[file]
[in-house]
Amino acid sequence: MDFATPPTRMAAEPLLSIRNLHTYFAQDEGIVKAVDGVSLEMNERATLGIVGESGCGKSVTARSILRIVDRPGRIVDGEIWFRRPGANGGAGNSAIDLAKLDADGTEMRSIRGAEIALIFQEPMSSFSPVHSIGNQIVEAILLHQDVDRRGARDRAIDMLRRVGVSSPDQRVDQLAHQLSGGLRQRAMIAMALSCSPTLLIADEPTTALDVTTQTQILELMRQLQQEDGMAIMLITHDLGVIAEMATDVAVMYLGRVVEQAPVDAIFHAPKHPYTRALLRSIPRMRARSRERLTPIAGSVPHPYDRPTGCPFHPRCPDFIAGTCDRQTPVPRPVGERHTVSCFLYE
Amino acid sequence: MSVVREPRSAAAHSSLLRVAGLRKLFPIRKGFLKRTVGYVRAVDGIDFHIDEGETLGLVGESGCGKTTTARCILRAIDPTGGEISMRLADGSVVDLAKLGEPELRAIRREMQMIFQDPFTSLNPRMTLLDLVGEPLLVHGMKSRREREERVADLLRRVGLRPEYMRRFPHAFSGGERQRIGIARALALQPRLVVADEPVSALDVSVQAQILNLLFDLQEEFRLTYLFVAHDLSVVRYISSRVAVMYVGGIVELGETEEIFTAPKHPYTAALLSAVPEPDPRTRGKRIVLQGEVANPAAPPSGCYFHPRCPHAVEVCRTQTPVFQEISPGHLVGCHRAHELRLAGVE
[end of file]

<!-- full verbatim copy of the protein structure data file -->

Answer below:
[in-house]
Amino acid sequence: MDFATPPTRMAAEPLLSIRNLHTYFAQDEGIVKAVDGVSLEMNERATLGIVGESGCGKSVTARSILRIVDRPGRIVDGEIWFRRPGANGGAGNSAIDLAKLDADGTEMRSIRGAEIALIFQEPMSSFSPVHSIGNQIVEAILLHQDVDRRGARDRAIDMLRRVGVSSPDQRVDQLAHQLSGGLRQRAMIAMALSCSPTLLIADEPTTALDVTTQTQILELMRQLQQEDGMAIMLITHDLGVIAEMATDVAVMYLGRVVEQAPVDAIFHAPKHPYTRALLRSIPRMRARSRERLTPIAGSVPHPYDRPTGCPFHPRCPDFIAGTCDRQTPVPRPVGERHTVSCFLYE
Amino acid sequence: MSVVREPRSAAAHSSLLRVAGLRKLFPIRKGFLKRTVGYVRAVDGIDFHIDEGETLGLVGESGCGKTTTARCILRAIDPTGGEISMRLADGSVVDLAKLGEPELRAIRREMQMIFQDPFTSLNPRMTLLDLVGEPLLVHGMKSRREREERVADLLRRVGLRPEYMRRFPHAFSGGERQRIGIARALALQPRLVVADEPVSALDVSVQAQILNLLFDLQEEFRLTYLFVAHDLSVVRYISSRVAVMYVGGIVELGETEEIFTAPKHPYTAALLSAVPEPDPRTRGKRIVLQGEVANPAAPPSGCYFHPRCPHAVEVCRTQTPVFQEISPGHLVGCHRAHELRLAGVE